Friday Mortgage Round Up: September 7th, 2012

Friday Mortgage RoundupTo kick off the week, we witnessed the 16th consecutive hold on the Bank of Canada‘s interest rate. The Bank of Canada announced on Wednesday that there will be no changes made to the overnight lending rate which will stay steady at 1 per cent, also meaning variable mortgage rates will  stay put for now.  At this point, it has been two years since a change was last made, and economists are not anticipating another until mid to late 2013.  Until global conditions improve (and optimism returns), the Canadian economy will continue to take progressive steps in the current rate environment.

SOLD!  ING Direct is Now a Scotiabank Asset

Late last week Scotiabank announced their purchase of ING Direct.  This purchase should push them into 3rd position for total mortgage market share as a runner up to RBC and TD.  If you’re an ING Direct customer, this business move shouldn’t change a whole lot for you in the short term (next 18 months) as ING will continue to operate as a separate company, under the same name and branding. Scotiabank has gone on record that until then, all product lines and pricing are to remain the same – right down to existing client passwords.

If your mortgage is held at ING you should have the option to renew into an ING product at maturity – or so rumour has it.  But even that seems to be a bit of a tossup.

We’ve seen this before with Scotia’s past acquisitions, where the bank has stated that these companies will remain as operational, standalone companies.  For example, with Maple Trust – Scotia’s last acquisition – the doors were closed after a year and a half and Scotia products were put on the table.  But is ING Direct comparable to past acquisitions?  That’s debatable.

ING Direct has been very well branded and positioned in the mortgage industry (and has a very loyal client base attracted by their alternative product line) so there is no telling whether Scotia will continue to market the reputable ING brand or attempt to transform the ING client into a Scotia customer.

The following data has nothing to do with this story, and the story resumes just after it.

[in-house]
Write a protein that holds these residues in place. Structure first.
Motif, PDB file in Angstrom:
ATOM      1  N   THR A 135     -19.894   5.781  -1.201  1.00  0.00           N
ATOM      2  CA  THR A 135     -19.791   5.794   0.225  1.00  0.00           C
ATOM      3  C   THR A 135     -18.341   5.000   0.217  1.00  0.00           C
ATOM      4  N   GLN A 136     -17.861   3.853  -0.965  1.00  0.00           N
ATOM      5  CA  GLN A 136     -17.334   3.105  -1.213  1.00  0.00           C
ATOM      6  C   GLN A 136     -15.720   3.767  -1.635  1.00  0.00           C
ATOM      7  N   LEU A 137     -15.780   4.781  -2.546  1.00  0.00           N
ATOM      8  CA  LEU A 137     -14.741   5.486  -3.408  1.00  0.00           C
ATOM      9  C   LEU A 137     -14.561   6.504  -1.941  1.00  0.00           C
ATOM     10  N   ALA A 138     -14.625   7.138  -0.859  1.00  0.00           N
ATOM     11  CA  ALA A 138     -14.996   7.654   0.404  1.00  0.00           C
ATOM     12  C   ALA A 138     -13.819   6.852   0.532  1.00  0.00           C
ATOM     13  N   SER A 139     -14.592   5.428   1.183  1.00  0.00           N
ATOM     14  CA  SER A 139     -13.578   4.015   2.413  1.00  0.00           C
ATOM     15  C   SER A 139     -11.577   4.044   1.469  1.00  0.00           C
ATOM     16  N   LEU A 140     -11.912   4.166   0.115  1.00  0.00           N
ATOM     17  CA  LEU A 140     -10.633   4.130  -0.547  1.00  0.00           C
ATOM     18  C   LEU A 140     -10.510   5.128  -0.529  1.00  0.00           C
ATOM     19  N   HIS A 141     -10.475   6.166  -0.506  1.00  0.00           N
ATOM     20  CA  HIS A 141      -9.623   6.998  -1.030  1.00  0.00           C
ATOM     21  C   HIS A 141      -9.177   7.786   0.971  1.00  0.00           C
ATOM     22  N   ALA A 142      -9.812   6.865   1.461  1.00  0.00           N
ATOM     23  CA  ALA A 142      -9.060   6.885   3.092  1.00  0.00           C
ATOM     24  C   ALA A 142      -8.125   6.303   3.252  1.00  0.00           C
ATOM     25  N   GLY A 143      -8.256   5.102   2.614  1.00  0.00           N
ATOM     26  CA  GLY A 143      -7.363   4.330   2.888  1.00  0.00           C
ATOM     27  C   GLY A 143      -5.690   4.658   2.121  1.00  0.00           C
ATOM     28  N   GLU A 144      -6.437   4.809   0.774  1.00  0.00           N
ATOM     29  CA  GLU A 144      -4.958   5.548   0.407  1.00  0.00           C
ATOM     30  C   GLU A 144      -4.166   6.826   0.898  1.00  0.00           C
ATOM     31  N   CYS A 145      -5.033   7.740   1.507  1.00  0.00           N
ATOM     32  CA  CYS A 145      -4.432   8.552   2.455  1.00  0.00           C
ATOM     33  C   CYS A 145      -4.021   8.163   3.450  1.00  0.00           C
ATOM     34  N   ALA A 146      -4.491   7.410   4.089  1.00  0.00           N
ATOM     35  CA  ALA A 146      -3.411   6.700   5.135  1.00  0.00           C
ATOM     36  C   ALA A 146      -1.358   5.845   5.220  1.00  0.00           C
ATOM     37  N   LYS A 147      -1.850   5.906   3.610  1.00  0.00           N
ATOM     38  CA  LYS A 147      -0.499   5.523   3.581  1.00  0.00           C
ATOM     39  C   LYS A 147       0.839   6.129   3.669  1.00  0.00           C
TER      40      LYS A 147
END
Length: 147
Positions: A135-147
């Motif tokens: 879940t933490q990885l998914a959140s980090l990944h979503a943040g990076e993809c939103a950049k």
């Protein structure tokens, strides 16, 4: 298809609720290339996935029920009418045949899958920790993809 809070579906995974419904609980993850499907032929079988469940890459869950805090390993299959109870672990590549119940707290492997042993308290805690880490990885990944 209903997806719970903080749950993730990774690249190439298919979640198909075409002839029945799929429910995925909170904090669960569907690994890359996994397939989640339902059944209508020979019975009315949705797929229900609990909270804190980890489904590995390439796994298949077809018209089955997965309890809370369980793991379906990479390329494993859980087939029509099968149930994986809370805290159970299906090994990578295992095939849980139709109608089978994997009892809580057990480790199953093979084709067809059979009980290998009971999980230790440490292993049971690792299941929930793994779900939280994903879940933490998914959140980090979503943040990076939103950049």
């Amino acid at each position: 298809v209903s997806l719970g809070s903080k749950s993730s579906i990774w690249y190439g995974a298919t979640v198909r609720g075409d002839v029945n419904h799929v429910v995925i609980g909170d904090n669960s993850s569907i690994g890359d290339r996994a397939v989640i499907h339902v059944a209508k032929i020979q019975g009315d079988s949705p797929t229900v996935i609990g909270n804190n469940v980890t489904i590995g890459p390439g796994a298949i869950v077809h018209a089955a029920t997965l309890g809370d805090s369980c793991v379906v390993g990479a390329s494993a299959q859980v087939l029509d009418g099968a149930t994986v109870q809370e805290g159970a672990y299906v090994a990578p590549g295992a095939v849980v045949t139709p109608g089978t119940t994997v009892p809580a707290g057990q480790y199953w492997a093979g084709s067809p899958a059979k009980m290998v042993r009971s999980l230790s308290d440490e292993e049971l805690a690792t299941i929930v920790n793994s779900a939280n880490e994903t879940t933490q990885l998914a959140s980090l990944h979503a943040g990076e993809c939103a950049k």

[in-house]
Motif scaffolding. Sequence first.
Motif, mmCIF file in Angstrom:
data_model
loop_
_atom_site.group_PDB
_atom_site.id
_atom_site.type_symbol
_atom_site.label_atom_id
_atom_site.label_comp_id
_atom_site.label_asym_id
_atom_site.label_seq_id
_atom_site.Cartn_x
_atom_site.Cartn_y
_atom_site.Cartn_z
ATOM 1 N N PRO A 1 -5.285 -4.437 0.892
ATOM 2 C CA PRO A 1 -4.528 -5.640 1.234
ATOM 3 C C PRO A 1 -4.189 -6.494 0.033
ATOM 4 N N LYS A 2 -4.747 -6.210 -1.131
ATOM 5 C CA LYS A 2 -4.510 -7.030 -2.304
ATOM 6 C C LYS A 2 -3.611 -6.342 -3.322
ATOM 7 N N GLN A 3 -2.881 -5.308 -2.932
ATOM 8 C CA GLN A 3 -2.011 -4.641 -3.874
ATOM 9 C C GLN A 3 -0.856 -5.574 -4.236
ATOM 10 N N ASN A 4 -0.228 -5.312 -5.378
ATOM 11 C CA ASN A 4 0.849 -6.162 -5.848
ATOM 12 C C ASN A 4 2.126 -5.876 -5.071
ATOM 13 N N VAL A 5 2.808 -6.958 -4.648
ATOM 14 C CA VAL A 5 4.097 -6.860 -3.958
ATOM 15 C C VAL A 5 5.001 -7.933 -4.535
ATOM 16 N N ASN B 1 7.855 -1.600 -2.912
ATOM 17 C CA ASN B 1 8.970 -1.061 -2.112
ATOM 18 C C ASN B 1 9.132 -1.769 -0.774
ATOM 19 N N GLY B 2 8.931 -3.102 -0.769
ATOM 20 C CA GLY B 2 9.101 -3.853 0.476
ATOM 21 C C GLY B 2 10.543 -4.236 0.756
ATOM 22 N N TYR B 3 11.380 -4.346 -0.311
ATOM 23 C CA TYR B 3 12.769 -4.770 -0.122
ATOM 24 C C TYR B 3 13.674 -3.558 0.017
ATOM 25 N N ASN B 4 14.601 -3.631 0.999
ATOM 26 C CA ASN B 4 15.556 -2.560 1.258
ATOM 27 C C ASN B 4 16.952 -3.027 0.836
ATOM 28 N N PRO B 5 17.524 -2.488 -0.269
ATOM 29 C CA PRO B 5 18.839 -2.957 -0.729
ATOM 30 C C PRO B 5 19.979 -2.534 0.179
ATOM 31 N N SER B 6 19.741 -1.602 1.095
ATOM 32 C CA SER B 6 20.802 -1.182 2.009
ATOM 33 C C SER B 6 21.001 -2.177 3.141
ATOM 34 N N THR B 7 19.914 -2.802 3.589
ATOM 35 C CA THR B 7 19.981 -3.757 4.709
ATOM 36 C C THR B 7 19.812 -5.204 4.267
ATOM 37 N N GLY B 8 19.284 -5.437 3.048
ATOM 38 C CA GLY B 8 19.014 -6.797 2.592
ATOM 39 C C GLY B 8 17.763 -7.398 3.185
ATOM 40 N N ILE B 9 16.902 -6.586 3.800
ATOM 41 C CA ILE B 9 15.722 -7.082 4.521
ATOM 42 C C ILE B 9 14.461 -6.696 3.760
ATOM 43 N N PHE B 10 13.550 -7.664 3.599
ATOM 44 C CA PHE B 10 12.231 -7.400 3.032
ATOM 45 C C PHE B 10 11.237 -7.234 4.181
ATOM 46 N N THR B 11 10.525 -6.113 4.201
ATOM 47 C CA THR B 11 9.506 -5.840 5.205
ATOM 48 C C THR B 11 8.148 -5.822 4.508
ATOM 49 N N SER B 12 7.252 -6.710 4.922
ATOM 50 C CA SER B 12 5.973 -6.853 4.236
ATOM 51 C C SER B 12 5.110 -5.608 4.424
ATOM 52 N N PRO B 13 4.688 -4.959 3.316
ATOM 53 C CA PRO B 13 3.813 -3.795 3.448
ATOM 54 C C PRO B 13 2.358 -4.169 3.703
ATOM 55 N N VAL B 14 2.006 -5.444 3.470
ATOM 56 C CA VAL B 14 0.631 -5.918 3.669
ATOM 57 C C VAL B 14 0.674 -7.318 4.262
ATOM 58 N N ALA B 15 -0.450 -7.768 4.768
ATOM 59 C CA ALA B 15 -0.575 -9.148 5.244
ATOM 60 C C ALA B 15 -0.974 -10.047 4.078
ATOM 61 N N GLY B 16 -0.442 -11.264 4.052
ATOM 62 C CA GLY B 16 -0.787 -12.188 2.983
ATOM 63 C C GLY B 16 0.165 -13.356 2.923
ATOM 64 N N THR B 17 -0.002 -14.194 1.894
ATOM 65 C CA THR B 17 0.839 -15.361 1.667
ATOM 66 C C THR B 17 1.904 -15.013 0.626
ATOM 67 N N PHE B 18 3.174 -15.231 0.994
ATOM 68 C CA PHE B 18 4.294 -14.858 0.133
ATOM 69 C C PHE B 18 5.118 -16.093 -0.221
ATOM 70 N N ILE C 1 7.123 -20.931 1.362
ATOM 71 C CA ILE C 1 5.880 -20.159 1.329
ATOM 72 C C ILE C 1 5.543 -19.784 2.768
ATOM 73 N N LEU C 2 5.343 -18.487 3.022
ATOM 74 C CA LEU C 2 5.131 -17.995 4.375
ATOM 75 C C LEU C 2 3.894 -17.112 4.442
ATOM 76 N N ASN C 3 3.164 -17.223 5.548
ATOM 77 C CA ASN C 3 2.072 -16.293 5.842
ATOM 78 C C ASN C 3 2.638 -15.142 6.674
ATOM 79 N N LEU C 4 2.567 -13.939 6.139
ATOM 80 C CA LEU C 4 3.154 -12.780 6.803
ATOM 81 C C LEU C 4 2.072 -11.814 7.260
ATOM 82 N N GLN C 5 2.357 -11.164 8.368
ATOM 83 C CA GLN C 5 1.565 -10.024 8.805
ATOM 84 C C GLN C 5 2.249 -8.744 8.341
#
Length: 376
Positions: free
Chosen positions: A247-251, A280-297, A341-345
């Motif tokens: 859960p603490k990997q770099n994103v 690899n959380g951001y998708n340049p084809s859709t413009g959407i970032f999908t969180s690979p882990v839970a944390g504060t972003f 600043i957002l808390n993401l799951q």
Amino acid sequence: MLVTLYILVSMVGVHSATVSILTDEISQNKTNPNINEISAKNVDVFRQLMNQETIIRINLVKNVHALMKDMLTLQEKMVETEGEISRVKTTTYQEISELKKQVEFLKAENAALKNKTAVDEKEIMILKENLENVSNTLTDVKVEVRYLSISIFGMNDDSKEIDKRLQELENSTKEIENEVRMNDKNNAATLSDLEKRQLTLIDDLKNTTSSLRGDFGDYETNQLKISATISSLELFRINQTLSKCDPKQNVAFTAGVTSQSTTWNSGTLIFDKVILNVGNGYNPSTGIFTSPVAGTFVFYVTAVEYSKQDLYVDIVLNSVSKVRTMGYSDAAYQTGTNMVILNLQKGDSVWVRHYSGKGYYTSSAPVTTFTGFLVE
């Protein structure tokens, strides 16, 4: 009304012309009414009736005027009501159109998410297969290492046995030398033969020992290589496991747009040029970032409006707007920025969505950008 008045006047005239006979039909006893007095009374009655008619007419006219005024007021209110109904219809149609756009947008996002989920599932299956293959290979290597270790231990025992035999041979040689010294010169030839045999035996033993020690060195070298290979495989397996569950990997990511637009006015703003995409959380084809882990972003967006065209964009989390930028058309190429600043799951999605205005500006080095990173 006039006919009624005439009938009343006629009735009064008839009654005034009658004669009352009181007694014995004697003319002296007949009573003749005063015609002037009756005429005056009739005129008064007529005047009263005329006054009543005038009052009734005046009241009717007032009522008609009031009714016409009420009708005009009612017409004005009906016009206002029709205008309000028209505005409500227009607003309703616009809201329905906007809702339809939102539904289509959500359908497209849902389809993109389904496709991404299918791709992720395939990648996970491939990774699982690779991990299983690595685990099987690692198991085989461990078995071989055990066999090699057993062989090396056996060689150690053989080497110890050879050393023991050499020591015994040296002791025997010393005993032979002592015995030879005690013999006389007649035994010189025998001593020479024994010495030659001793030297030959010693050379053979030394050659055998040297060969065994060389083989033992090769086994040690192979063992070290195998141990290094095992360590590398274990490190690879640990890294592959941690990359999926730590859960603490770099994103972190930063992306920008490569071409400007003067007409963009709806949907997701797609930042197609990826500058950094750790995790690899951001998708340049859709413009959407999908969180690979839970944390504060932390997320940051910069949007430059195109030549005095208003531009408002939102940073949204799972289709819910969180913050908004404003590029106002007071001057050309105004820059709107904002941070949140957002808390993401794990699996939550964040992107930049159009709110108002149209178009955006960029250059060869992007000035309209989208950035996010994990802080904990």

CAAMP Stats: July 2012 Market

CAAMP released their latest stats for July 2012 and reported on new housing starts.  Ontario housing starts increased 2.2 per cent in July vs. June 2012; however year over year this has slipped by 0.9 per cent.  Alberta experienced the exact opposite, decreasing 7.1 per cent month over month, but jumping up 30.1 per cent since last July.  In BC, starts were down both monthly and annually by a whopping 28.6 per cent and 13.3 per cent respectfully.

TREB: Toronto Real Estate Board

Toronto Real Estate Board released their monthly resale market figures for August and reported both sales and new listings have dropped since August 2011.  Stricter lending guidelines and higher home prices are likely playing a big role in these declines.  The average price in August was $479,095 which has increased by nearly 6.5 per cent over the last year.

Sales: 416 Toronto sales were down over 19.5 per cent in August while 905 GTA sales were down by 7.9 per cent largely driven by a sharp drop in condo sales.

Prices: 416 Toronto prices were up 7.3 per cent while 905 GTA prices were comparably up 6.1 per cent both fueled by an average price increase in the detached listings.

New Listings: 416 Toronto listings were down 11.1 per cent as new listings in the 905 GTA area were down only 5.5 per cent.

REBGV: Real Estate Board of Greater Vancouver

Vancouver Real Estate Board released their monthly statistical report for August and found that home sale activity and prices have both dropped month over month and year over year.  Homes sales were below long-term averages in Vancouver during the month of August while the average price dropped to $609,500.

Sales:  Residential property sales were notably lower in August after having dropped 30.7 per cent year over year and 21.4 per cent since July.

Prices:  Prices have not changed significantly over the last year.  Year over year they have only fallen 0.5 per cent and 1.1 per cent since July.

New Listings:  New listings have decreased by 13.7 per cent since August 2011 and 15.8 per cent since July

The sales to listings ratio is a great indication of when the market is in favour of buyers.  Any time this ratio goes south of 25 per cent, you’re in the clear as a buyer.  For Vancouver, their sales / listings ratio sat at 19 per cent in March and has only dropped since then to 9 per cent – Vancouver is considered a  buyer’s market! Who would have thought!? Week in Review

Bond yields have held mortgage rates quite steady.  All but one rate from our best mortgage rates page were left unchanged; the only variance was to the 10 year fixed rate which dropped 5 basis points.

Neck and neck in the most searched rates are the 5 year rates.  49.4 per cent of visitors searched for the best 5 year fixed rate while 49.2 per cent were looking for a 5 year variable rate.  Barely worth mentioning in a far off 3rd place is the 1 year fixed rate with 0.5 per cent of visitors hunting down a short term deal.

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